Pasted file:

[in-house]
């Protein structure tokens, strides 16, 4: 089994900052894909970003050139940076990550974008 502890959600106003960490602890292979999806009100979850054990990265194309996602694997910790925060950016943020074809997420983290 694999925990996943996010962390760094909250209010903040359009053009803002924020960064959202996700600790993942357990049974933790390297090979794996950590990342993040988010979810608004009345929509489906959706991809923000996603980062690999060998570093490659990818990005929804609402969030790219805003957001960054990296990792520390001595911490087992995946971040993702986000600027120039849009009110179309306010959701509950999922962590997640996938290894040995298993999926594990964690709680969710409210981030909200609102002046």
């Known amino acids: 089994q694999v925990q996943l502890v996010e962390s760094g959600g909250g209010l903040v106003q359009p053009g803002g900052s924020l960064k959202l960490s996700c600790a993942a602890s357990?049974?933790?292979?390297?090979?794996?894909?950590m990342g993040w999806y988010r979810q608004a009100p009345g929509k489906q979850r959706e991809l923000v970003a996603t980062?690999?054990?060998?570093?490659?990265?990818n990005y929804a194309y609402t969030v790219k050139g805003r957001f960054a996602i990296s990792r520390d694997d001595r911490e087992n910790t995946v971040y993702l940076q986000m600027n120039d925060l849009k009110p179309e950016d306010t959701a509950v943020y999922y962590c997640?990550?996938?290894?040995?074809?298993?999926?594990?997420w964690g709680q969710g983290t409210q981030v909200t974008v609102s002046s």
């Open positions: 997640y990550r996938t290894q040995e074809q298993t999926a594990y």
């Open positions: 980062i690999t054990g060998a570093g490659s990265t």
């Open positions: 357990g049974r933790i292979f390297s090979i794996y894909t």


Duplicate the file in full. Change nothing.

[in-house]
């Protein structure tokens, strides 16, 4: 089994900052894909970003050139940076990550974008 502890959600106003960490602890292979999806009100979850054990990265194309996602694997910790925060950016943020074809997420983290 694999925990996943996010962390760094909250209010903040359009053009803002924020960064959202996700600790993942357990049974933790390297090979794996950590990342993040988010979810608004009345929509489906959706991809923000996603980062690999060998570093490659990818990005929804609402969030790219805003957001960054990296990792520390001595911490087992995946971040993702986000600027120039849009009110179309306010959701509950999922962590997640996938290894040995298993999926594990964690709680969710409210981030909200609102002046």
């Known amino acids: 089994q694999v925990q996943l502890v996010e962390s760094g959600g909250g209010l903040v106003q359009p053009g803002g900052s924020l960064k959202l960490s996700c600790a993942a602890s357990?049974?933790?292979?390297?090979?794996?894909?950590m990342g993040w999806y988010r979810q608004a009100p009345g929509k489906q979850r959706e991809l923000v970003a996603t980062?690999?054990?060998?570093?490659?990265?990818n990005y929804a194309y609402t969030v790219k050139g805003r957001f960054a996602i990296s990792r520390d694997d001595r911490e087992n910790t995946v971040y993702l940076q986000m600027n120039d925060l849009k009110p179309e950016d306010t959701a509950v943020y999922y962590c997640?990550?996938?290894?040995?074809?298993?999926?594990?997420w964690g709680q969710g983290t409210q981030v909200t974008v609102s002046s």
């Open positions: 997640y990550r996938t290894q040995e074809q298993t999926a594990y």
């Open positions: 980062i690999t054990g060998a570093g490659s990265t």
């Open positions: 357990g049974r933790i292979f390297s090979i794996y894909t």